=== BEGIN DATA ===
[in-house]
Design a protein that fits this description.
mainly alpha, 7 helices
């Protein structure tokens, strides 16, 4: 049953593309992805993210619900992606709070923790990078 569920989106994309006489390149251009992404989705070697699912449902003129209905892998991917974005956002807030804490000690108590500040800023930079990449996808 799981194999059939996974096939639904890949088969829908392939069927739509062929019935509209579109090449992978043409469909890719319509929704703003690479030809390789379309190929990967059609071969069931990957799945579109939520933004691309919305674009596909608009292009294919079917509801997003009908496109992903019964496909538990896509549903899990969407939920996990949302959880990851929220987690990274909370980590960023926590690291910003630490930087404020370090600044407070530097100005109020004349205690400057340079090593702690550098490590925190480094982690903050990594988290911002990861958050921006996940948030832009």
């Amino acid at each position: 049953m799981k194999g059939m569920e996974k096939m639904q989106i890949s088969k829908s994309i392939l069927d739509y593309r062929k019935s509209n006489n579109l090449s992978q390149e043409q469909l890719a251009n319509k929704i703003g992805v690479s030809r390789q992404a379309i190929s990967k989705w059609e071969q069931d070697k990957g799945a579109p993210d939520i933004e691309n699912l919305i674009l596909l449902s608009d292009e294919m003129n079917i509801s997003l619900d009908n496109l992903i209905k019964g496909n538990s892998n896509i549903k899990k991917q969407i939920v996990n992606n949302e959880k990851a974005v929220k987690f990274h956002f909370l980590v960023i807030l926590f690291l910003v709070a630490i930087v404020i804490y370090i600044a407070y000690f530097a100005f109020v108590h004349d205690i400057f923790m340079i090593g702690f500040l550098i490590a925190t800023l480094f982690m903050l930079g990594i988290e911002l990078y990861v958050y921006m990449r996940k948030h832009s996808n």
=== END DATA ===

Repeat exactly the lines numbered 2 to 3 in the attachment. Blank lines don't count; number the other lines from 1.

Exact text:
Design a protein that fits this description.
mainly alpha, 7 helices